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Water is a lot of fun for most kids. Learning water-safety is essentials. It’s important that families understand how to keep their children safe.
Drowning is a threat to children everywhere.
Some people think that if a child is drowning nearby, they would hear it. The reality is that drowning can be silent. There can be very little splashing, waving or screaming. Drowning is quick. Once a child begins to struggle, you may have less than a minute to react.
Here are a few tips for parents to use while the kids have fun around water:
- Never leave your baby unsupervised in a bathtub, even for a minute. If the doorbell or phone rings and you must answer it, wrap your baby in a towel and take them with you.
- Watch kids when they are in or around water, at all time without being distracted. Keep young children close enough to lend a helping hand.
- Empty all tubs, containers, buckets and kiddie pools immediately after use. Store them upside down so they don’t collect water.
- Close toilet lids and use toilet seat locks to prevent drowning. Keep doors to bathrooms and laundry rooms closed.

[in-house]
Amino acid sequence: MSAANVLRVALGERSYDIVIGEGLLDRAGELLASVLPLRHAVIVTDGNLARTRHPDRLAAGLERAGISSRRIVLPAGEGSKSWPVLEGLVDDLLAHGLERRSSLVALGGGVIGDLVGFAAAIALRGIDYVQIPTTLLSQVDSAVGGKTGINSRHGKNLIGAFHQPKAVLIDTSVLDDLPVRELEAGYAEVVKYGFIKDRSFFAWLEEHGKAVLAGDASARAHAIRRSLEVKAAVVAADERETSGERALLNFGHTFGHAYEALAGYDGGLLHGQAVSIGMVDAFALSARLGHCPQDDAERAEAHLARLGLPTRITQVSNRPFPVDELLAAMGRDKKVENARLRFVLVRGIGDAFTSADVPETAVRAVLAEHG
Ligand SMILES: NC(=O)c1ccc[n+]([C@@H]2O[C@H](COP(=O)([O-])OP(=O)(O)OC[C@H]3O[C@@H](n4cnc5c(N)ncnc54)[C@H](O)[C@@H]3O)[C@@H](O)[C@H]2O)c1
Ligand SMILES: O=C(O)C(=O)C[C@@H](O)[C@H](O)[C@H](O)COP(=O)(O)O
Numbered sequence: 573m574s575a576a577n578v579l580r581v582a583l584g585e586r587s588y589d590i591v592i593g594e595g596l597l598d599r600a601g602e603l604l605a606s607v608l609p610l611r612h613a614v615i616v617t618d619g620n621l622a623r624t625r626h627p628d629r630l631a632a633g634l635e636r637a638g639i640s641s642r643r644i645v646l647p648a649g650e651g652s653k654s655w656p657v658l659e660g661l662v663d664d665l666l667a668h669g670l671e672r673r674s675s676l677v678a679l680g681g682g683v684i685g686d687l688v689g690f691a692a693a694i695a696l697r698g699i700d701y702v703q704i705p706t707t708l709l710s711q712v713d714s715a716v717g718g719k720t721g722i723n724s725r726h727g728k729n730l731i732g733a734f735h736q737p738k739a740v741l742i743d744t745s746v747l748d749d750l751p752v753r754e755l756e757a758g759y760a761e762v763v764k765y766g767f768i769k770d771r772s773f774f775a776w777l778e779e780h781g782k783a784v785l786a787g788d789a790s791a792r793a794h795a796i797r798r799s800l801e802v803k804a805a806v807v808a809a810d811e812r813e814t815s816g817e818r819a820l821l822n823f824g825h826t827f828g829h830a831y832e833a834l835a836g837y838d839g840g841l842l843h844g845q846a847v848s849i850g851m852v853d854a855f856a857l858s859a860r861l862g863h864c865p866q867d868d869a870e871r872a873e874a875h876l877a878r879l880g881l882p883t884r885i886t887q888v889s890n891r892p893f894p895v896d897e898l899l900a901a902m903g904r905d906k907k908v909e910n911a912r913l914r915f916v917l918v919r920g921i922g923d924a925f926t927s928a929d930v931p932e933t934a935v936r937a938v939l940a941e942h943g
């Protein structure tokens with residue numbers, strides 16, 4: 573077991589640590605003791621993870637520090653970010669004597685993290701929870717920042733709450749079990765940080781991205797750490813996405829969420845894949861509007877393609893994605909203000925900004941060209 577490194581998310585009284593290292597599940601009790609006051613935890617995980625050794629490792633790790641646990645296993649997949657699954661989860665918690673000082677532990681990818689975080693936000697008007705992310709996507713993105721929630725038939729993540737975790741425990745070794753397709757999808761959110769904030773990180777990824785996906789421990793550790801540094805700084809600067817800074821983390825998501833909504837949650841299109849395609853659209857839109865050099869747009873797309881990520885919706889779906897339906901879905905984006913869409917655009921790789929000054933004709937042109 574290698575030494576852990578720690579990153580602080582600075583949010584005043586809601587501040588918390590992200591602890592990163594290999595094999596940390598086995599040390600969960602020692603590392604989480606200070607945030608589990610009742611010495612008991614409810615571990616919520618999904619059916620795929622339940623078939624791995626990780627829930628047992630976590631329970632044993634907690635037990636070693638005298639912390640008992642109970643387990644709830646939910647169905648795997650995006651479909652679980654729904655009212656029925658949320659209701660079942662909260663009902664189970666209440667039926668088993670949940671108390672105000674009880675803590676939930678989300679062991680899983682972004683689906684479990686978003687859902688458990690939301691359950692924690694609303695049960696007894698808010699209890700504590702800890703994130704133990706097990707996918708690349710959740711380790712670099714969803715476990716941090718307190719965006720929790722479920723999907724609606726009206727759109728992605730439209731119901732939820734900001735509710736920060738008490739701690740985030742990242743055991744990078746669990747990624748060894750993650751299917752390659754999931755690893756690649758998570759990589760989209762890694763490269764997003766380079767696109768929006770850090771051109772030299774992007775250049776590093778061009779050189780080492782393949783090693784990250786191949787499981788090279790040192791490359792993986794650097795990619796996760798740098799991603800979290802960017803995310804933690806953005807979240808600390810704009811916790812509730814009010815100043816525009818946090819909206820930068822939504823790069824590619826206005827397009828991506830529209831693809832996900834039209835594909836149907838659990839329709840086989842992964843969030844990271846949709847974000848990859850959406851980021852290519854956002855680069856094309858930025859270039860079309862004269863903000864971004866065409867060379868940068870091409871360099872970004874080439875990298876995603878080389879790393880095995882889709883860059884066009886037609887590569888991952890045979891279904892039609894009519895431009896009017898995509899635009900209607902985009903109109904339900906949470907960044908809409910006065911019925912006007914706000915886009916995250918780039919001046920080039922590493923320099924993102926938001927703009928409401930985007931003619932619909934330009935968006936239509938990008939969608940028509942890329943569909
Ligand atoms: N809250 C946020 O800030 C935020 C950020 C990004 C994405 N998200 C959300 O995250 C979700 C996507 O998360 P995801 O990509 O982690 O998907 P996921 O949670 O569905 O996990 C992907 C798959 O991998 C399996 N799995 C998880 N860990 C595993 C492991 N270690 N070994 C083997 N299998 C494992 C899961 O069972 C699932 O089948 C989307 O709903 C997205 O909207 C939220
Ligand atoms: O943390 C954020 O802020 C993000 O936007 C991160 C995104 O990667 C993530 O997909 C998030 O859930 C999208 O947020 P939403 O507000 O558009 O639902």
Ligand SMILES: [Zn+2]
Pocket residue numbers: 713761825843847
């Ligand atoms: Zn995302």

- Install fences around home pools.
- Learn what to do in case of an emergency. Learning CPR and basic water rescue skills may help you save a life.
Drowning is the #1 cause of unintentional injury-related death in children between ages 1 and 4.
According to the Centers for Disease Control and Prevention children ages, 1 to 4 have the highest drowning rates. In 2014, among children 1 to 4 years old who died from an unintentional injury, one-third died from drowning and most drownings occurred in home swimming pools. Drowning is responsible for more deaths among children 1-4 than any other cause except congenital anomalies (birth defects). Among those 1-14, fatal drowning remains the second-leading cause of unintentional injury-related death behind motor vehicle accidents.
Medical Exam Needed for Any Child Close to Drowning
If your child has come close to drowning should be given a complete medical examination, even if she seems all right. If she stopped breathing, inhaled water, or lost consciousness, she should remain under medical observation for at least twenty-four hours to be sure there is no damage to the respiratory or nervous system.
Watch this video from the American Academy of Pediatrics to protecting children from drowning.